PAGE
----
The Mann has long been the orchestra's main local summer venue - it was built specifically for the orchestra - and what this year's dip in appearances means for the future is unclear.
Cahill says the Mann prefers that the orchestra continue as primary resident at the Fairmount Park amphitheater. She and the association are discussing future scheduling and programming. "We deeply value our history and the artistry of this great orchestra and continue to anticipate their annual return visits to the Mann, performing on Philadelphia's other premier stage," she said.
Of the future for the orchestra and the Mann, orchestra president Allison B. Vulgamore said, "We haven't had those discussions together."
She said that this year's limited number of concerts was "unique" because of the European tour, and two concerts in July at the Festival de Lanaudière in Montreal.
Philadelphia Orchestra concerts at the Mann have often carried artistic heft; for many years Charles Dutoit served as artistic chief, assembling core repertoire with such big-name soloists as Itzhak Perlman and Andre Watts.
The question of whether the Mann will again have a conductor as artistic head is unresolved. Cahill said, "We certainly would embrace a close relationship with their music director," Yannick Nézet-Séguin, who takes the post in the fall of 2012.
The orchestra has talked in broad terms about Nézet-Séguin having a summer presence, but nothing specific beyond neighborhood concerts and appearances at the Academy of Music in June 2012.
Will he be appearing at the Mann? "I'm sure he will be," said Vulgamore. "It's a matter of matching calendars."
The Mann may be continuing its nine orchestral concerts this summer, but programming is gravitating - both here and at the Saratoga Performing Arts Center - toward lighter repertoire, and the use of orchestra as background music to visual spectacle or as a secondary factor to other artistic ideas.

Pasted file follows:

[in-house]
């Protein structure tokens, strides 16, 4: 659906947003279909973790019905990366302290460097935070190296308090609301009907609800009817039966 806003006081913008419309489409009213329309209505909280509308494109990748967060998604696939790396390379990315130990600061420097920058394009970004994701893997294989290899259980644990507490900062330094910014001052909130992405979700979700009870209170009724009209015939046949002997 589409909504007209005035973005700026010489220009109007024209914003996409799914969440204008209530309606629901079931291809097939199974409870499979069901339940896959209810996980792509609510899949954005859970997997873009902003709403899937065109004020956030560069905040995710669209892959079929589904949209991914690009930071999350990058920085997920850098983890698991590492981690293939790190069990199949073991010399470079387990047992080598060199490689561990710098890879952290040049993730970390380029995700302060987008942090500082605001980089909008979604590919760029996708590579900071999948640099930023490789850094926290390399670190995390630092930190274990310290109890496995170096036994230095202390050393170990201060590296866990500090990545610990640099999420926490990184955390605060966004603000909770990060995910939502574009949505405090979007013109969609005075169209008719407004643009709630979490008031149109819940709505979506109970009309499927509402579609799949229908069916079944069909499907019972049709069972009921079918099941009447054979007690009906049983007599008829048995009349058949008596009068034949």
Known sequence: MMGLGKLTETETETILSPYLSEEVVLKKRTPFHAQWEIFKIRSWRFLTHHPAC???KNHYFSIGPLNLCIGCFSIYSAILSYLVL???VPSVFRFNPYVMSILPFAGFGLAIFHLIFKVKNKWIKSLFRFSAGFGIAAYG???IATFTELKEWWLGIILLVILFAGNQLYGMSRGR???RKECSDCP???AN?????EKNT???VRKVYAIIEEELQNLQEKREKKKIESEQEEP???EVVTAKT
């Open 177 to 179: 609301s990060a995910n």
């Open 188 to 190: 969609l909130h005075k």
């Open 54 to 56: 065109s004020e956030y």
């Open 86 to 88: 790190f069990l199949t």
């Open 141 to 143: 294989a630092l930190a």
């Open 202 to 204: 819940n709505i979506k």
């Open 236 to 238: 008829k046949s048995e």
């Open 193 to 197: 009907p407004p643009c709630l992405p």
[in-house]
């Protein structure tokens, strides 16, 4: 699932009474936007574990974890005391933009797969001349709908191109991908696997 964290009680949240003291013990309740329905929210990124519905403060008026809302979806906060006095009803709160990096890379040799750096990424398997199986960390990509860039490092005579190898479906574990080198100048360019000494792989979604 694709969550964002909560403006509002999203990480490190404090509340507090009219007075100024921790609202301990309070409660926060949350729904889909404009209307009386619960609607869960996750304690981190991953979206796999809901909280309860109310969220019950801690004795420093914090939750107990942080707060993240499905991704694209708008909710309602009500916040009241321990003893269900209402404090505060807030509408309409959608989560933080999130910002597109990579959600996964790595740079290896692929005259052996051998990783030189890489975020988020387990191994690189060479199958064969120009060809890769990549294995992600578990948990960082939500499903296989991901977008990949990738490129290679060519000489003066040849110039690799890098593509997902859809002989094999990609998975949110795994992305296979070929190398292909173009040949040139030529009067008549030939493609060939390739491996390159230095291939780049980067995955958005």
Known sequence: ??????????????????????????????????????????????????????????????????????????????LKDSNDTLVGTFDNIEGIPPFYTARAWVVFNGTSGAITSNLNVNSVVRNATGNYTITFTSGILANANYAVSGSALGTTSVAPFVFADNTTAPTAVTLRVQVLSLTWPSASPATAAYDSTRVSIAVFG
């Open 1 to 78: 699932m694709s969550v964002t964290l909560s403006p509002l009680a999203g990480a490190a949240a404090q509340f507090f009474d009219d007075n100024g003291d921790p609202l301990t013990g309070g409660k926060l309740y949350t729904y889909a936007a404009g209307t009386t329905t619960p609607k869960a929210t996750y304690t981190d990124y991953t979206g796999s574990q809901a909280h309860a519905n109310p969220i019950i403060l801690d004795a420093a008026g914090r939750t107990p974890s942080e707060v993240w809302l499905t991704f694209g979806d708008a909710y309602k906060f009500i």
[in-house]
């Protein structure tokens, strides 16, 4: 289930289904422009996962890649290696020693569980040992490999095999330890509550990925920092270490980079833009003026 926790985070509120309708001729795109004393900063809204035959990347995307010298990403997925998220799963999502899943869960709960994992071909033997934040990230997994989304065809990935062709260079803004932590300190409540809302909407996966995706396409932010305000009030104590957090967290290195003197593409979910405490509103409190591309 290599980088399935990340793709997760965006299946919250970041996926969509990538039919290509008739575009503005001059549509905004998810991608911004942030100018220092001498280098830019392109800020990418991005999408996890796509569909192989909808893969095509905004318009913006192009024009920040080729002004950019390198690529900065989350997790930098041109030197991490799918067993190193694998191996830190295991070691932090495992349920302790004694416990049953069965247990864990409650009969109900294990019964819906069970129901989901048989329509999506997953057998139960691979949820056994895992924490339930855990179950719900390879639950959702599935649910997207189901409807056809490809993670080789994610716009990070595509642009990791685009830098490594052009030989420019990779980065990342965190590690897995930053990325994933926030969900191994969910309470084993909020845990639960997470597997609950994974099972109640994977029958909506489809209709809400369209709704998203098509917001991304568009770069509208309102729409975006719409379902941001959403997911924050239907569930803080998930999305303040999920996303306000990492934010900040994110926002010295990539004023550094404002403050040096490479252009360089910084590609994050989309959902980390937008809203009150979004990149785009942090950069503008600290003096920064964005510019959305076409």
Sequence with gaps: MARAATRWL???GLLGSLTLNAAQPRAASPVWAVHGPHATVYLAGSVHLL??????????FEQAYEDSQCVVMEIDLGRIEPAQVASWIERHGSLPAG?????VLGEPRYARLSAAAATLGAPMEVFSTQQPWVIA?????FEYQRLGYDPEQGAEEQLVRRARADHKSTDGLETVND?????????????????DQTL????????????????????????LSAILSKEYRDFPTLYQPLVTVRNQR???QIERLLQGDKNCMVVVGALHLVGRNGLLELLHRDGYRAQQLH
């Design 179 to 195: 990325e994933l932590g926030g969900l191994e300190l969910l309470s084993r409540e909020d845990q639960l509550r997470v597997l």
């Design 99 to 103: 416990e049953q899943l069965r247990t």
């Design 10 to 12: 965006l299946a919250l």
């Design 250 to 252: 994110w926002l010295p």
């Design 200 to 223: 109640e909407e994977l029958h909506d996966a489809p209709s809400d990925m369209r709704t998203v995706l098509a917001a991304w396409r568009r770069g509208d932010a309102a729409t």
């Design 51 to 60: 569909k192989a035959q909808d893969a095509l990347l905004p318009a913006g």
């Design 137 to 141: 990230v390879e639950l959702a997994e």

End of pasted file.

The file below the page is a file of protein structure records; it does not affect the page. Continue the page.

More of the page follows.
The Philadelphia Orchestra will play "Down the Abbey Road," a symphonic "celebration" of the Beatles masterwork (June 30). Fireworks will follow the traditional Tchaikovsky event (June 29), led by Russian conductor Vasily Petrenko. Giancarlo Guerrero conducts Carmina Burana (June 28) with soloists soprano Heidi Grant Murphy, baritone Stephen Powell, and countertenor Brian Asawa.
All these concerts assume an uninterrupted schedule as the orchestra's bankruptcy and related labor negotiations continue. Cahill said all ticket revenue will be placed in escrow, to be returned should any concerts be canceled.
The move to lighter repertoire is intentional, she said.
"The diversification of our programming is a strategic decision to not only attract new and younger audiences, but also to balance that with the needs of our traditional classical audiences, and we're quite pleased that what we have is a season that meets all needs."
The philosophy extends to visiting orchestras.
The Mormon Tabernacle Choir and Orchestra at Temple Square opens the summer (June 23). The Pittsburgh Symphony (July 10) features pops conductor Marvin Hamlisch with Martin Short and Jason Alexander in "The Last Three Tenors . . . We Promise." Pittsburgh's second appearance (July 9) is pure classical: Beethoven's Overture to Egmont, his Piano Concerto No. 3 in C Minor with pianist Teo Gheorghiu, and the Symphony No. 5.
The Russian National Orchestra plays the soundtrack to the BBC documentary Blue Planet (July 27) narrated live by Jane Pauley, and, with Russian acrobats, Cirque de la Symphonie (July 28).
The orchestra's "From Russia With Love" concert (July 29) with conductor Mikhail Tatarnikov offers music from Dr. Zhivago and Tchaikovsky's Nutcracker, plus Prokofiev's Symphony No. 1 and Rachmaninoff's Rhapsody on a Theme of Paganini.
The soloist in the Rachmaninoff is Kwan Yi, a Curtis Institute of Music graduate. The Mann of late has passed over traditional headliners of the industry for Curtis students and recent graduates.
The shift is consistent with the youth theme Cahill has developed for the venue. Two events this summer aim to extend a hand to audiences beyond the Mann's older-adult demographic usually drawn to orchestra concerts.
A free, all-day open house geared toward children (May 21) will feature music on several stages and other events.
And the Mann has commissioned a new work, something it's never done before, as far as Cahill can determine. Shanghai-born composer Du Yun's work Angel's Bone: An Imaginary Tale of Fact, performed by the International Contemporary Ensemble, will be premiered Sept. 23 at an event that incorporates DJs and, on the Mann stage, a late-night dance party.
Contact music critic Peter Dobrin at firstname.lastname@example.org or 215-854-5611. He blogs at www.philly.com/philly/blogs/artswatch.